FIGS. 3A and 3B depict a number of graphic symbols used in the present invention and their meaning.
FIGS. 4-14 diagrammatically illustrate the development of a typical program flow chart in accordance with the present invention.
The figures and symbols herein were chosen to demonstrate the principle of this invention and are not intended to imply limits of application.
Referring now more particularly to the accompanying drawings, wherein like numerals designate similar parts throughout the various views, attention is directed first to FIG. 1, wherein the keyboard of the present invention is designated generally by reference number 10. As can be seen from the drawing, keyboard 10 is provided with three columns of keys, A, B, and C, each column comprising five vertical keys. Keyboard 10 also is provided with two mode-movement shift mode switch 11 and column switch 12 which are adapted to execute the steps contained in the flow chart prepared using the graphic symbols of the present invention. Column switch 12 is additionally a three-position switch to control the cursor. Generally, keyboard 10 constitutes a programming-editing-processing tool designed to be used in conjunction with a conventional computer keyboard (not shown) which represents the present invention's description column.
Moreover, as will be seen, the order in which the prgram is entered into the computer follows the precise order laid down in the flow chart prepared in accordance with the present invention. In addition, the present invention is applicable to computers which require stepped numbers (e.g., sequential statement numbers) and to those which do not require this numbered order. Note that the information to be entered into the description portion of the program can be written in typewriter fashion using familiar alphanumerics and plain English, or a readily understood shorthand version of English. (Other languages are equally applicable.)
Basically, the keyboard and operating system of the present invention employs three familiar elements of standard computer languages: nouns, verbs and modifiers which in accepted computer equivalents are names, operators and instructions. It has been found helpful in explaining the present invention to think of computer instructions as modifiers, that is, as adjectives and adverbs.
The present system retrieves its data by names--a noun specific to every element stored subject to retrieval. Names are always assocated with places (addresses). Names are distinguished from remarks in a familiar fashion, i.e., a remark is a constant while a name is a variable with its place. In operation the present system should be designed to automatically distinguish between program places and storage places.
Referring again to FIG. 1, it can be seen that column A comprises five vertical keys each provided with a single graphic symbol which is associated with the function of that key. For example, depression of the uppermost key in column A will give the operator access to the CRT either for input or output depending upon which of the modifier keys in column B is depressed. For an explanation of the symbols depicted on the keys in FIG. 1 and 2, attention is directed to FIG. 3. Note, however, that by changing the position of the four-phased mode switch 11, the graphic symbols depicted on each of the keys may be changed. This means that each key is capable of projecting many different symbols onto the visible upper surface. Although most of this potential is not required in most application, it represents a simple way to expand the system. This is especially important when you look at the first column of keys in FIG. 1 and contemplate the addition of more computer attachments. It means that each of those keys can represent several peripheral attachments, each with its identifying symbol.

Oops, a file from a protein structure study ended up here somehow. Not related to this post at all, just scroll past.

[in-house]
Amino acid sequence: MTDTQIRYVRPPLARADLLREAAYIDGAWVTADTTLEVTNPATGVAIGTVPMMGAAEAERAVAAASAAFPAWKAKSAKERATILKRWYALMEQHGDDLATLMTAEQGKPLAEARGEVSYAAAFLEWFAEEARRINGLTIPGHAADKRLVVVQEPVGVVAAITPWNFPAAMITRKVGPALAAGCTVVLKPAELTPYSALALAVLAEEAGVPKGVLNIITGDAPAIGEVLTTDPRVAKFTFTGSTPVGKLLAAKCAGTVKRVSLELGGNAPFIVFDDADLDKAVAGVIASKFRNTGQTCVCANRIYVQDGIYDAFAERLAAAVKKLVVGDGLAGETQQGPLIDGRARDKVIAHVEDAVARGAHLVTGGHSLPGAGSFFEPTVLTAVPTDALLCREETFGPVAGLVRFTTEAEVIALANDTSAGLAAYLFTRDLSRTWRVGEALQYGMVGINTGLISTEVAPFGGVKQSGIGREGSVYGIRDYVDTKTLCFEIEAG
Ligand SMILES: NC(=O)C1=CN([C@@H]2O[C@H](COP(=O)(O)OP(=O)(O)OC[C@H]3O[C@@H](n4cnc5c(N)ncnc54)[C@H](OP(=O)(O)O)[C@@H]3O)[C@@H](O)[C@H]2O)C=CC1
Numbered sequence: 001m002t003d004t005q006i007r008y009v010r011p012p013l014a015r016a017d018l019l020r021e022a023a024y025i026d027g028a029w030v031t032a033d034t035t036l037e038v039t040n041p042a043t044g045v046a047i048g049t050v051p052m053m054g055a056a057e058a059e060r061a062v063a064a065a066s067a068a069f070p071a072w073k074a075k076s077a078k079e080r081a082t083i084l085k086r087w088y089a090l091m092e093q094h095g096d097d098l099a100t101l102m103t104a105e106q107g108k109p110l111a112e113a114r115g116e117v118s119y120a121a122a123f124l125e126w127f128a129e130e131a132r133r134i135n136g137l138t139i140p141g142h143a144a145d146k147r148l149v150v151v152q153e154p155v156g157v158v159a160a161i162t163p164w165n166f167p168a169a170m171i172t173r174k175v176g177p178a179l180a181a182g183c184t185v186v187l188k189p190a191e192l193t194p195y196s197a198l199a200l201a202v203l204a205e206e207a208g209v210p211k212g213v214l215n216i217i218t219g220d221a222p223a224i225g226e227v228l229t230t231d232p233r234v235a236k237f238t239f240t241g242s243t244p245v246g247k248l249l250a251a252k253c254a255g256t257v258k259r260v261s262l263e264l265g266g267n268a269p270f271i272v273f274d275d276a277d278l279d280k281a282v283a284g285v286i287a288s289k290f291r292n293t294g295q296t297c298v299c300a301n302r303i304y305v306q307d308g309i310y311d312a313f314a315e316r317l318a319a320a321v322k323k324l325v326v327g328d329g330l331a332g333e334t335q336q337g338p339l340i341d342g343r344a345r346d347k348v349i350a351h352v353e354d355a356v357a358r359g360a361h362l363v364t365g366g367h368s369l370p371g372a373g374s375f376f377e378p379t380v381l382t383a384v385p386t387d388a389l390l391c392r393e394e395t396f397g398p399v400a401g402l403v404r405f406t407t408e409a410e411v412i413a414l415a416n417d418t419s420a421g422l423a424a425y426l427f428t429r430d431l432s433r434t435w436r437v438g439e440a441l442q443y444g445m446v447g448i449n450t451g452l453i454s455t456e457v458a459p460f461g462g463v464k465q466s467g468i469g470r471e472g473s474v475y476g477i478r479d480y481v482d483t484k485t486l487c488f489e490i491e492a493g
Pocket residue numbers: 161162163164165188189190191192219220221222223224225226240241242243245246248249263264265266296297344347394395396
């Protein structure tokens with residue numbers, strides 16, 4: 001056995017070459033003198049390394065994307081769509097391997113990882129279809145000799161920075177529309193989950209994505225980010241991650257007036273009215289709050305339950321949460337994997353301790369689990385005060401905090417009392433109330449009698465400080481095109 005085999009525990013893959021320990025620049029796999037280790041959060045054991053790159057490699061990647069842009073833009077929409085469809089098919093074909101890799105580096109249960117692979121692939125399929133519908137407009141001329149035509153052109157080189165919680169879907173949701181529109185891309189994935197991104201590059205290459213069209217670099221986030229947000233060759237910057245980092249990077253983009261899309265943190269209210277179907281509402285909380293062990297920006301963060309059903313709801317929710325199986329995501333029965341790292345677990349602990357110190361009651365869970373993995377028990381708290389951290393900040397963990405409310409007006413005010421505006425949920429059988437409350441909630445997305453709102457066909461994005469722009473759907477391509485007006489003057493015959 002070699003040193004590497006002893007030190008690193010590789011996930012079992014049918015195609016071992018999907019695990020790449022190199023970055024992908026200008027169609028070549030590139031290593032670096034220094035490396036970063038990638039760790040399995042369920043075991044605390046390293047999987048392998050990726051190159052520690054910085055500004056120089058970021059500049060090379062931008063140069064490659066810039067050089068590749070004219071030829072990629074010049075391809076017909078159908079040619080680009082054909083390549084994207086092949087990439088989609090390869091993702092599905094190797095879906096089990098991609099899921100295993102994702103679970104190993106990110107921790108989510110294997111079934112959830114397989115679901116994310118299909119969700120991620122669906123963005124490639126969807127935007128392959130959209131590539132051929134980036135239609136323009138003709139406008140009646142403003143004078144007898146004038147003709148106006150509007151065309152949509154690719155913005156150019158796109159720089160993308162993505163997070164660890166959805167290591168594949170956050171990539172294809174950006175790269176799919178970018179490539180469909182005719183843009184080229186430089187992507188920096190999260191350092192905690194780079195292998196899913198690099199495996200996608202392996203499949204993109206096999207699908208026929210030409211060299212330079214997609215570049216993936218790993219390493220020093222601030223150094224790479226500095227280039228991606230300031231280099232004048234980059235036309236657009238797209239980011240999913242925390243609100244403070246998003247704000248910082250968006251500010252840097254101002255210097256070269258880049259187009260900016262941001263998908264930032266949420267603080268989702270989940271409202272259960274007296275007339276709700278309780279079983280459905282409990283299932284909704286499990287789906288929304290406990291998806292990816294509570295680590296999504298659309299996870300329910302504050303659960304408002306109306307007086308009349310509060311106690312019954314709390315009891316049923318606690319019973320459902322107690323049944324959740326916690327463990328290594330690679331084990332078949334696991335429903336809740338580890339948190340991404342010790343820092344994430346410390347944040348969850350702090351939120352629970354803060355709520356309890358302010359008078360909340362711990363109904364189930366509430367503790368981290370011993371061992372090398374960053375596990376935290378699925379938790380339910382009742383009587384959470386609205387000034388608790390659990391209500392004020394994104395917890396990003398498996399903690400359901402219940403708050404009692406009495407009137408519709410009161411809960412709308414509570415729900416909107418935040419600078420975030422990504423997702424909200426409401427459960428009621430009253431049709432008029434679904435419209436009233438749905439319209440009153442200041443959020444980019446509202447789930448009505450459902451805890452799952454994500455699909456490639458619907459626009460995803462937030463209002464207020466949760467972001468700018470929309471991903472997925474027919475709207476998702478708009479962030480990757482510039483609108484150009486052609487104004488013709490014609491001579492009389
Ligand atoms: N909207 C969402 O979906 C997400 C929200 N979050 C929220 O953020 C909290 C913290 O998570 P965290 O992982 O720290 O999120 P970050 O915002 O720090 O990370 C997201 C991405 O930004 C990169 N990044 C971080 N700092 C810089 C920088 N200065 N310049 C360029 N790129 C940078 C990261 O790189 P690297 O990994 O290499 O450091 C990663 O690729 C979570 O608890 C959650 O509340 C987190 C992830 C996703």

Column switch 12 is provided with arrows which indicate the direction of column activation and/or cursor movement and allows the operator to select any column of the graphic keyboard to be used. Column switch 12 also allows the operator to shift to the conventional keyboard for entering informaton in the description bank of the computer.
Located between the rocker mode switch 11 and column switch 12 and the graphic keys, indicator light signals 13 identify which row (or rows) the operator (or the system) has activated. This may be accomplished by the use of standard LEDS, moreover, the keyboard of the present invention may be constructed such that when the operator selects a particular column, all of the key lights are activated, and further, when one of the keys in that column is pressed, the other lights go out.
In a typical application, the operator would select a column of graphic keys by moving column switch 12 to the appropriate position. Mode switch 11 would then select between the possible graphic pictures represented by the keys. As can be seen from FIG. 2, the Central Processing Unit keys (CPU) double as editing keys when mode switch 11 is in the "second" mode, i.e., in a mode which is different from that represented by the symbols shown in FIG. 1. Column C is used either with programming or editing functions, as for example, inserting and running a program (including STOP) which are part of the editing function.
Note that the two mode-shift movement mode switch 11 and column switch 12 are useful in teaching the present graphic system in that they permit an inexperienced operator to correct and improve programs in a straightforward linear fashion which exactly follows the visual form of the graphic flow chart.
The keyboard arrows, including the input-output arrows of the CPU column and the directional triangles on column C of graphic keys, are to be considered as destination indicators and tabulation keys. As would be understood by one skilled in the art, automatic functions for these arrows are incorporated in the softward and firmware of the operating system.